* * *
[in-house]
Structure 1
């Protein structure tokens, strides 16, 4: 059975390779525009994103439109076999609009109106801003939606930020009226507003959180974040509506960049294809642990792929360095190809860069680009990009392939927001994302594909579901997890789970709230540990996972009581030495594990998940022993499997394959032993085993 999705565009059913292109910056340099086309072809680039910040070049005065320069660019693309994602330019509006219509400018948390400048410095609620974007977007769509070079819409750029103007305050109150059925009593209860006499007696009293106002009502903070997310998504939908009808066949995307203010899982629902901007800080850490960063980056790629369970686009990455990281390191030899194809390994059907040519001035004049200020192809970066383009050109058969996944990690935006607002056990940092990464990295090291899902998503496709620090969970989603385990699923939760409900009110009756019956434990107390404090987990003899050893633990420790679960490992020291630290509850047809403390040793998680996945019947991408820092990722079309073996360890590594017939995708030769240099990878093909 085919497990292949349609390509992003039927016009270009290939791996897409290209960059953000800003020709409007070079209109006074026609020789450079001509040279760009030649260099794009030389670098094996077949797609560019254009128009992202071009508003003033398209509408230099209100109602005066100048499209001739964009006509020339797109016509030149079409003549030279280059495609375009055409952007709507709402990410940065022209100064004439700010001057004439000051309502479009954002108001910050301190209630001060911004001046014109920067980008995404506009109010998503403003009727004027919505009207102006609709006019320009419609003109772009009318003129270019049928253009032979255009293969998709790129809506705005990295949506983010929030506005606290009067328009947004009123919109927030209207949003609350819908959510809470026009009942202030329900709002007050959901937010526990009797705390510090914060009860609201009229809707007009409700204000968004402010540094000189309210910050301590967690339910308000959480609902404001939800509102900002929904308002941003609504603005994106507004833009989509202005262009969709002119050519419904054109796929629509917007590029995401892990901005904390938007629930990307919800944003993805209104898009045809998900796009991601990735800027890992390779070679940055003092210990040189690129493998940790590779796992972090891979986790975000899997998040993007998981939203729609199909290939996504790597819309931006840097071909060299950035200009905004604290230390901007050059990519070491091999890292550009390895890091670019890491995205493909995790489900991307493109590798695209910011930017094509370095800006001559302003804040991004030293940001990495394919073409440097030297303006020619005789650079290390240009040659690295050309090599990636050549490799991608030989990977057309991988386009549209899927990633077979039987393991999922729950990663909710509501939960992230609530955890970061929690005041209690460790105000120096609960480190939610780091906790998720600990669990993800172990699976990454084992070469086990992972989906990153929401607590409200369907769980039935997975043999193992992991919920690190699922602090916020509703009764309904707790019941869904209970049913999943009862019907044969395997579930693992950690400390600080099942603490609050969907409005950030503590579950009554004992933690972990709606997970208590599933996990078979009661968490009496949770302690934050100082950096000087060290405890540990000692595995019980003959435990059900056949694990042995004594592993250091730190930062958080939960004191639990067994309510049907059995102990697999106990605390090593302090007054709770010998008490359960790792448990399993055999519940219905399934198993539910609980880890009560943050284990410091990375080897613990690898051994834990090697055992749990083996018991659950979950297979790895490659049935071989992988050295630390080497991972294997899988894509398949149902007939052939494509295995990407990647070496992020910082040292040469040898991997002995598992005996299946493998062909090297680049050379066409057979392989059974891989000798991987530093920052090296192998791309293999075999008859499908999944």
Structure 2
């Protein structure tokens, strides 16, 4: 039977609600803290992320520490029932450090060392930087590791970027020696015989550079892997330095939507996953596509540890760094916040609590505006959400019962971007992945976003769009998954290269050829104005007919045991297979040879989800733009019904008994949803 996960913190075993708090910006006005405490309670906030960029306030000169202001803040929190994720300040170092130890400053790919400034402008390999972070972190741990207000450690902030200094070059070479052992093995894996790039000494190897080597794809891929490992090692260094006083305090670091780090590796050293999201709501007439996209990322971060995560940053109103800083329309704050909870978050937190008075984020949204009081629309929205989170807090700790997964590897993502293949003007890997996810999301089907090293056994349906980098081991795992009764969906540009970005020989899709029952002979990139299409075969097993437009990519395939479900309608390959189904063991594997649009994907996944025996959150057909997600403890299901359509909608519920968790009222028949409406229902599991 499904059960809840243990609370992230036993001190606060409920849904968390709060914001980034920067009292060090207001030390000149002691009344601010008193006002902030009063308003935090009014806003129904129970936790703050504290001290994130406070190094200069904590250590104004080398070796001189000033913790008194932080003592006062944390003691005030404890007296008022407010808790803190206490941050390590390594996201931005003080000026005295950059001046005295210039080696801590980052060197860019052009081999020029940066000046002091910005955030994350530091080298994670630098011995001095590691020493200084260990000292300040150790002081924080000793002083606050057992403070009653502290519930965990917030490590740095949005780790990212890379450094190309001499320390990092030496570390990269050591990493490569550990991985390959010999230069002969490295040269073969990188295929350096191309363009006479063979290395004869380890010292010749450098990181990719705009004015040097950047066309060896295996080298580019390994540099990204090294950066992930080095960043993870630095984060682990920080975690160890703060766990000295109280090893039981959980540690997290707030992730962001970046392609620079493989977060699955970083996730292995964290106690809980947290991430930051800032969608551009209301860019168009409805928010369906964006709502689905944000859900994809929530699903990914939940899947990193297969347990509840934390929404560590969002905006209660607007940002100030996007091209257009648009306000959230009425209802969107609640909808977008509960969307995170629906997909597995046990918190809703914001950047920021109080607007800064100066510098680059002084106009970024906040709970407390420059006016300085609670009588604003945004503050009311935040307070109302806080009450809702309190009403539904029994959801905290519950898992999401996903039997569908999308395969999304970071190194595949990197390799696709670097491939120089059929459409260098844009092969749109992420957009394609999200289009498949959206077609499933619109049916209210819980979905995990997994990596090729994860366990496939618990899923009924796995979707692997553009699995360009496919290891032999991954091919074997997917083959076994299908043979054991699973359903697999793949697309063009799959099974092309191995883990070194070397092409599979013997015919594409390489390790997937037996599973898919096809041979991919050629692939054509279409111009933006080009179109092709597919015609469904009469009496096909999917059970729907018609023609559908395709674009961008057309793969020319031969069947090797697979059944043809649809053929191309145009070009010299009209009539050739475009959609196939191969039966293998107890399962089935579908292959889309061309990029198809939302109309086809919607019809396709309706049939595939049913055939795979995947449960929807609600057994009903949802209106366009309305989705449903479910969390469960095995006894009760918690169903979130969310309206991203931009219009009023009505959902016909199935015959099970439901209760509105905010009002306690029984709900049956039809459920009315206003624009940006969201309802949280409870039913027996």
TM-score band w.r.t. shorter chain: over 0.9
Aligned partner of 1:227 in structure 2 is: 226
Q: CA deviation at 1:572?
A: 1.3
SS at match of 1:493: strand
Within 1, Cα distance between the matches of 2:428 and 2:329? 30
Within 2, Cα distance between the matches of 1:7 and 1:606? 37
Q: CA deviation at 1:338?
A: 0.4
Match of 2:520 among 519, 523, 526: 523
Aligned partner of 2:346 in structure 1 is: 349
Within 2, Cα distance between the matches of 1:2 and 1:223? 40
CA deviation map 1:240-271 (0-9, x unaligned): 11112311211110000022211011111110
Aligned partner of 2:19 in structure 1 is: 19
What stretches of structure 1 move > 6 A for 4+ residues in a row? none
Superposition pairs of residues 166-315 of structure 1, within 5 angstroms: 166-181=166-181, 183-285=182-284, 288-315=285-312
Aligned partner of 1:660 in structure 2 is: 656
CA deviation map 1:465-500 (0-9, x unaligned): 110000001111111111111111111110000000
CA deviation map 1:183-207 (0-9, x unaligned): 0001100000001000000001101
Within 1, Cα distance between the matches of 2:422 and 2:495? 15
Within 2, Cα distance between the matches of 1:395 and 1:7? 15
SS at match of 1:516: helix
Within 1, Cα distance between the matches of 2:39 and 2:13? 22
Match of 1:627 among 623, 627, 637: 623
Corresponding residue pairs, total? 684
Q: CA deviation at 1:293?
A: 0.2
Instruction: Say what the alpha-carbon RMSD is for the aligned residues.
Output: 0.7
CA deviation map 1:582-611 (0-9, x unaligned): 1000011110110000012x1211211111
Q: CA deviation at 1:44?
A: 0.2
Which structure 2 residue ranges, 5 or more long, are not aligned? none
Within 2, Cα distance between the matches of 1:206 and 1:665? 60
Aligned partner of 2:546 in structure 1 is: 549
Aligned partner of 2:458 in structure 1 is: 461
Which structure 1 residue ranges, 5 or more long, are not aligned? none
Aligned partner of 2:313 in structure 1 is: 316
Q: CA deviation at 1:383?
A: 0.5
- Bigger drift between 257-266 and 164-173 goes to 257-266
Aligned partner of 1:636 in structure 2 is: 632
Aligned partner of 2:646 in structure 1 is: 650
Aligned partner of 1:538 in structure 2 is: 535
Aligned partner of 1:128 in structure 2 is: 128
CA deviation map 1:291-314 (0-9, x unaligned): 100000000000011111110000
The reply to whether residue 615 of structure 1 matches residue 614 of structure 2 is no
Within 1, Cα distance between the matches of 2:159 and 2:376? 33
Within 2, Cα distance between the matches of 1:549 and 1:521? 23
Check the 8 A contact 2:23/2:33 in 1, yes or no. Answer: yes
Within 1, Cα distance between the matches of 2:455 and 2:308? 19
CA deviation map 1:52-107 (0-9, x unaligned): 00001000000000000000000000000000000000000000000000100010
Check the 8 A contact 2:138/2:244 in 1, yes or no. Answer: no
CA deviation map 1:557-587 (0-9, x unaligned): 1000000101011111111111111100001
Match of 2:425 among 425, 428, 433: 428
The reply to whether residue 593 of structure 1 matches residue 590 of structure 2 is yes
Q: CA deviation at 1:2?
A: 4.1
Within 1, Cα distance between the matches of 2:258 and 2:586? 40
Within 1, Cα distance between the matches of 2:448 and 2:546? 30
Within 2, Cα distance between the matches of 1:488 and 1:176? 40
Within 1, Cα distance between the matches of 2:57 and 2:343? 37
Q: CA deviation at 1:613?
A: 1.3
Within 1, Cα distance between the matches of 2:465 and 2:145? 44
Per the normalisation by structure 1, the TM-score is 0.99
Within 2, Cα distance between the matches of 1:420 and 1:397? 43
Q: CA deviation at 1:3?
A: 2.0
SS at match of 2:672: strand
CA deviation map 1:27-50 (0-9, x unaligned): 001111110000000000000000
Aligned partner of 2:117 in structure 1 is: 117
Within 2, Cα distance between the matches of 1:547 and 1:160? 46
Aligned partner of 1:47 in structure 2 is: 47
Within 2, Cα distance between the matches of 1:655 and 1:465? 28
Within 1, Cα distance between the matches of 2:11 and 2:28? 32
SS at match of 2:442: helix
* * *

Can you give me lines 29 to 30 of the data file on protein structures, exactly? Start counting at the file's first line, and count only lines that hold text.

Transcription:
Match of 1:627 among 623, 627, 637: 623
Corresponding residue pairs, total? 684